Education

We are Awaiting Scientists’ Advice on Full School Reopening – Minister Muyingo

The Minister of State for Higher Education John Chrysestom Muyingo has on Wednesday revealed that Government is awaiting advice from scientists to determine whether to reopen for other continuing students that are still under COVID-19 lockdown or maintain the finalists who are winding up the second term.

Speaking to reporters at the launch of the 27th annual Education and Sports Sector Review in Kampala on Wednesday, Muyingo said that inspectors are already in the field monitoring how the COVID-19 situation is faring.

“We need the scientists/ experts to advise us. But of course that has got to depend on the inspection reports we are getting from the field. Our inspectors are already in the field trying to see how the school managers are managing the candidates in the face of COVID-19. If the reports tally with what the experts’ advice will be, we will be able to determine when the schools will be opening,” Muyingo said.

President Museveni in March 2020 ordered the closure of all education institutions in an effort to contain the spread of the COVID-19 pandemic.

Museveni later allowed partial reopening where only final year students were allowed to resume studying.

However, there have been increasing cases of COVID-19 in schools since reopening for candidate classes.

Asked whether the Ministry of Education is worried about the emerging COVID-19 cases in schools, Muyingo said, “definitely. Anything that affects the lives of our children worries everybody especially us who are in education sector. That is why it is important that we don’t rush into a decision of opening just for the sake of opening. That is why we need to be very conscious. That is why we need to study the situation and see that our children are safe, secure and able to learn. Because when somebody is sick, they will not be able to learn.”

When Government imposed a lockdown in March 2020 in a bid to contain the spread of COVID-19, it introduced homeschooling in which reading materials were distributed to learners at home.

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However, there were reports that various homes especially in remote areas of Uganda never received the materials.

President Museveni would later announce that each home would receive a free radio set from Government to facilitate distance learning. However, up to today, no single home has received a radio set for the purpose.

Asked when learners will receive the materials, Muyingo said they are still in talks with the Ministry of Finance.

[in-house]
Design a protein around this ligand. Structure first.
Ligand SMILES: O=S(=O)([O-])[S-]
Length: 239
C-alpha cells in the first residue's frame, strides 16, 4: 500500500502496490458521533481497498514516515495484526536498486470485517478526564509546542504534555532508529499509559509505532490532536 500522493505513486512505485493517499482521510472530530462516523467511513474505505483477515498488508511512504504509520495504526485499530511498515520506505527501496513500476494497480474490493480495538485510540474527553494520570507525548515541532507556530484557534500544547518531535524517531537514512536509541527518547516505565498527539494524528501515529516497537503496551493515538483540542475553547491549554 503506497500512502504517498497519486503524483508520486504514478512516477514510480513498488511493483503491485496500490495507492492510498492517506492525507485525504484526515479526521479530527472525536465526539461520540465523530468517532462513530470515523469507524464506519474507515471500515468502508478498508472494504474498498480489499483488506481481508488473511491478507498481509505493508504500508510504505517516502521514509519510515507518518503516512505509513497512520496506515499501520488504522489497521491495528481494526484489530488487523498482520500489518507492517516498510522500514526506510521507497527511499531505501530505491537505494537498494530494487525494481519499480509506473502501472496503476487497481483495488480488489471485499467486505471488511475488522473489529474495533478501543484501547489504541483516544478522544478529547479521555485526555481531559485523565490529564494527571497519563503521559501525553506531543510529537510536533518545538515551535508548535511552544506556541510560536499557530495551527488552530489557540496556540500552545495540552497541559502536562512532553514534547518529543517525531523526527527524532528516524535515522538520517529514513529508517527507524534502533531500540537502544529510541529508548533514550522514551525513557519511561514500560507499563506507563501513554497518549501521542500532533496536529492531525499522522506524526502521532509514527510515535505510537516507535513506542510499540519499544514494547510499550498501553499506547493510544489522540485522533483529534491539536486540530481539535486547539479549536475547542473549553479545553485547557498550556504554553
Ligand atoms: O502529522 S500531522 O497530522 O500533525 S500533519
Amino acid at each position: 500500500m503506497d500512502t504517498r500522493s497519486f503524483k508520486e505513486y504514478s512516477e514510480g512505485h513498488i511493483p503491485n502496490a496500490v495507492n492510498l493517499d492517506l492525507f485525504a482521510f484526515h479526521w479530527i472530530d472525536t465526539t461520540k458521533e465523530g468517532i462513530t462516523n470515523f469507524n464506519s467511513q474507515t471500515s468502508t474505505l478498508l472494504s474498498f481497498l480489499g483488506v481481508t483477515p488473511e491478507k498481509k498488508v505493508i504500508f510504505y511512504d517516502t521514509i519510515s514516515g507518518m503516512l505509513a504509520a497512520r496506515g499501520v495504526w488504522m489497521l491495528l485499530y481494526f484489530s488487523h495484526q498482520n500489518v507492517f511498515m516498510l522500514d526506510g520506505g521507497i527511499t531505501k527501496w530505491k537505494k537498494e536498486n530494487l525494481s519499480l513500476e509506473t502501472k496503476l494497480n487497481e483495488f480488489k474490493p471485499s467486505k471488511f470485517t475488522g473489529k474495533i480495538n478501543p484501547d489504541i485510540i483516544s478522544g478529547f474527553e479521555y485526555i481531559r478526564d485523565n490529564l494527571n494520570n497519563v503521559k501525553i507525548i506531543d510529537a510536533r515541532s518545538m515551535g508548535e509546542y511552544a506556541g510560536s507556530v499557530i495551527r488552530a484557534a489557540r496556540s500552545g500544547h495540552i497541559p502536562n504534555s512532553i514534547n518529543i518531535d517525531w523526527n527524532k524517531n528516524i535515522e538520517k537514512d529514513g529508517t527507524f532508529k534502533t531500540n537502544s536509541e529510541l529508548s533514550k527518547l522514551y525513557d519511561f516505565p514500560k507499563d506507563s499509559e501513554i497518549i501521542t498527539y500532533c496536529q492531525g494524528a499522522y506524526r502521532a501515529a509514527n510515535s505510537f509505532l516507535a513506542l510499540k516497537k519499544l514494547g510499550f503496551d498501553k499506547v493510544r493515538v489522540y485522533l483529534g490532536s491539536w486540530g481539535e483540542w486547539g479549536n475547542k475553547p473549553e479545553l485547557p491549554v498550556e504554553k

“We are still talking with Finance (Ministry of Finance) to give us money. They have made a commitment to give us some money,” he said.

Muyingo noted the very crucial part which is development of materials has been covered.

“What is now left is, we need very little money to print out those materials and distribute them. That is the amount of money we need.”

Asked whether the materials will be relevant given that schools have partially reopened particularly for final year students, Muyingo said that even after full reopening, the material will still be necessary.

“What we did in this second set is to cover all that a child is supposed to know in a complete year. You are aware that we have just completed second term for the candidate classes. Second term has not started for the other classes. Whether the schools are opened or not, those materials will be necessary,” he said.

Registration of candidates for national examinations

The Executive Secretary of the Uganda National Examinations Board (UNEB) Dan Odongo said that despite the COVID-19 lockdown that crippled the economy and people’s welfare, the Board has registered a bigger number of candidates than projected.

“In terms of registration, we note that at Primary Leaving Examinations (PLE), we have actually exceeded the number which we had initially projected. We were projecting about 720,000 children to register for PLE but we have registered almost 750,000. That’s nearly 30,000 more children than we had projected,” he said.

Odongo added that despite the fears that many girls would not be able to register, it turned otherwise as 52% of the total number of children who registered for PLE were girls.

Registration of candidates began on October 22, 2020, just a week after reopening of schools and the exercise went on until 30th November.

UNEB later gave a grace period of 1 week which ended on Monday December 7, 2020 to enable new centres effectively finalise the process and give opportunity to those who may not have registered within the set period to do so.

A total of 1,181,666 candidates have been registered for all three levels of Primary Leaving Examinations (PLE), Uganda Certificate of Education (UCE) and Uganda Advanced Certificate of Education (UACE). The number is higher than 1,138,000 who registered in 2019.

This represents a 3.8% percentage increase in total number of candidates.

“We have registered slightly more girls, about 50.3% of the total number of candidates who registered for UCE,” said Odongo.

For UACE, however, it has been a usual trend that only about 42% of the total number of candidates are girls.

“This has been the trend over the last so many years, partly because we think that girls after UCE, there are so many other opportunities that present themselves. For example, you may find a lot of the girls going to do nursing and midwifery courses rather than join the UACE,” Odongo noted.

 

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